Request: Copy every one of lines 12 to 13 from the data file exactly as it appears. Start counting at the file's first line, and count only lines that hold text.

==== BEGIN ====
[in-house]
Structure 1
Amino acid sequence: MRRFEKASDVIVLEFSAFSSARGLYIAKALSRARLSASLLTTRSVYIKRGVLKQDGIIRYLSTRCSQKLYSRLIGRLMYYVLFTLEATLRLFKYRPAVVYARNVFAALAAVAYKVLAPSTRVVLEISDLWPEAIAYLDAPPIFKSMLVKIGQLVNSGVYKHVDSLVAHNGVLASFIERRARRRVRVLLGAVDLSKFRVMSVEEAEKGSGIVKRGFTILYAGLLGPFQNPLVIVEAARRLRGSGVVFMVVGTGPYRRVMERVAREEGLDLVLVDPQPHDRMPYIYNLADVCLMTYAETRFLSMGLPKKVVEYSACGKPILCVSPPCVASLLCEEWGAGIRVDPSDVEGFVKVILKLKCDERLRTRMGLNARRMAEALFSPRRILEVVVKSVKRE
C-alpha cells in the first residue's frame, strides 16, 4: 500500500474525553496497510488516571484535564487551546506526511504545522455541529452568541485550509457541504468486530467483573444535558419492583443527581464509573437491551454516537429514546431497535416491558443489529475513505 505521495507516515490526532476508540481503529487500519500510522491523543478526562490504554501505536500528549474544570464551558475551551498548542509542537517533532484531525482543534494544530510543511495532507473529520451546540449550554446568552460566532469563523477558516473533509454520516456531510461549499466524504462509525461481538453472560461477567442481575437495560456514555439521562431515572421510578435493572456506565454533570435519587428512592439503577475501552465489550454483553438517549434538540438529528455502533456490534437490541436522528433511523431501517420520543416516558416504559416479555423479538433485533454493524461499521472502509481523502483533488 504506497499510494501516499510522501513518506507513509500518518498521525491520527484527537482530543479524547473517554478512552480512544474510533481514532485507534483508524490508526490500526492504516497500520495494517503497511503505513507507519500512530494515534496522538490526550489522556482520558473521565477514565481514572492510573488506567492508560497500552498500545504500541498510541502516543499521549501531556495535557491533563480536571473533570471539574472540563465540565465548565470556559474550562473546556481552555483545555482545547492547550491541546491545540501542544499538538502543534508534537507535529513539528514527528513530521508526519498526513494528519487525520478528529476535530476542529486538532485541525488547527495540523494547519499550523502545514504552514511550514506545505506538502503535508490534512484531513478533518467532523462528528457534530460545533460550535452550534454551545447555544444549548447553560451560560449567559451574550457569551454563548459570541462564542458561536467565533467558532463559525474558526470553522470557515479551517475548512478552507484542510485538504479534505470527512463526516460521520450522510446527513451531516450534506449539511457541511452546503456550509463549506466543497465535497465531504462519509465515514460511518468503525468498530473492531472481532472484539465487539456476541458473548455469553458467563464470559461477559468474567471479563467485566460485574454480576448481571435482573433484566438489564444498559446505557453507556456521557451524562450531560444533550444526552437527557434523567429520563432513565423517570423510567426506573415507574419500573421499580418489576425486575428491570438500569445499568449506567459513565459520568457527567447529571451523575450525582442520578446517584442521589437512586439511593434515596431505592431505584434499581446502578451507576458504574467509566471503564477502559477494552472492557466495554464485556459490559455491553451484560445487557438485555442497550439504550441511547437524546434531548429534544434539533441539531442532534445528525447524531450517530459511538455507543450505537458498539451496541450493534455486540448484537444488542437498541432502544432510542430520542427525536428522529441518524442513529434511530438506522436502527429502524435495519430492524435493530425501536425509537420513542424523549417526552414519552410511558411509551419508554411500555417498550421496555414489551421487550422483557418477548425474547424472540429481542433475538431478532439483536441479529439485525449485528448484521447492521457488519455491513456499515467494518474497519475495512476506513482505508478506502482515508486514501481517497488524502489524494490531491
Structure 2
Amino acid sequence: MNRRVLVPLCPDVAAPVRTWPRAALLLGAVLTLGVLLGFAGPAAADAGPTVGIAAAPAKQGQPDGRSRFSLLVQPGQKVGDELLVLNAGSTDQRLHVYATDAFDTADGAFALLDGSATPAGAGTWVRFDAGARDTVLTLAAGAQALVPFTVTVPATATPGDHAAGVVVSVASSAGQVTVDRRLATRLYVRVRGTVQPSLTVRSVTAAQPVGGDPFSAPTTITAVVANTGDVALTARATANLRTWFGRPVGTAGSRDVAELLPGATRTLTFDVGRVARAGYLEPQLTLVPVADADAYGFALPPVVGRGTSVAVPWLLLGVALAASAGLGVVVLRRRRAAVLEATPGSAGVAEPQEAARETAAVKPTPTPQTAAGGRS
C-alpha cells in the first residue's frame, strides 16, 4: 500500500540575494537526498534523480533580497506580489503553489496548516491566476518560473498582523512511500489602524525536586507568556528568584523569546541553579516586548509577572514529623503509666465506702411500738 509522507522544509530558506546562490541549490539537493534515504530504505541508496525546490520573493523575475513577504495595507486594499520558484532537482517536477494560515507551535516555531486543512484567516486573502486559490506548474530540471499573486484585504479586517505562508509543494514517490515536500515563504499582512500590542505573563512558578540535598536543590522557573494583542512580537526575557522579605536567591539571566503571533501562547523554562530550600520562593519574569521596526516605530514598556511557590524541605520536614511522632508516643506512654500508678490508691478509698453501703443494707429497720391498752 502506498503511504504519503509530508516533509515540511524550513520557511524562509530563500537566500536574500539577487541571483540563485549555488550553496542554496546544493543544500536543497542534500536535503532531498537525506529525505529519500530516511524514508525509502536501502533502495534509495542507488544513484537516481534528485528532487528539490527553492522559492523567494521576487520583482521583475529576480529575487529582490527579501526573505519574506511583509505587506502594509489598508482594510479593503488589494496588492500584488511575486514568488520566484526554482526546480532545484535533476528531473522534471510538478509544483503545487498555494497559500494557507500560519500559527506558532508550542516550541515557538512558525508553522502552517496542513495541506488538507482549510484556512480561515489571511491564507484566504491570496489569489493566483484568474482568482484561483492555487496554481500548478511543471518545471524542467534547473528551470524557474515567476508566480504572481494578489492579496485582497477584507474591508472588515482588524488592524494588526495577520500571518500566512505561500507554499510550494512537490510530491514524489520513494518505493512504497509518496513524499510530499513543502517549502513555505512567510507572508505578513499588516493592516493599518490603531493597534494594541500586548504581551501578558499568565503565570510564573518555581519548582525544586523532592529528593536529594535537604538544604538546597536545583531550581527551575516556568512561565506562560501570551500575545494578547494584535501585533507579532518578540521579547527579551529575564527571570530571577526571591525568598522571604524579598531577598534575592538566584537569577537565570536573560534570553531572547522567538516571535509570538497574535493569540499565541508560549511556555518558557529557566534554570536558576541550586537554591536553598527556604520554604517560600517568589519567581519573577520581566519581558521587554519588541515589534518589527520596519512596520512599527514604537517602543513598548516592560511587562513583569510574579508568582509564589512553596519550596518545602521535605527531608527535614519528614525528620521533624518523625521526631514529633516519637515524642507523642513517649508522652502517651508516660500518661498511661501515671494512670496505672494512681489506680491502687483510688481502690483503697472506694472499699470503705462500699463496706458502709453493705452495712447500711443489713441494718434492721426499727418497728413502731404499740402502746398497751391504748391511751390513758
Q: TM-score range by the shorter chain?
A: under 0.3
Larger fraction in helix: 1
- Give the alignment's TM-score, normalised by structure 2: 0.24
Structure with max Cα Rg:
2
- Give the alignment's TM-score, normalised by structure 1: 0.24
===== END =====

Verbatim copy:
Structure with max Cα Rg:
2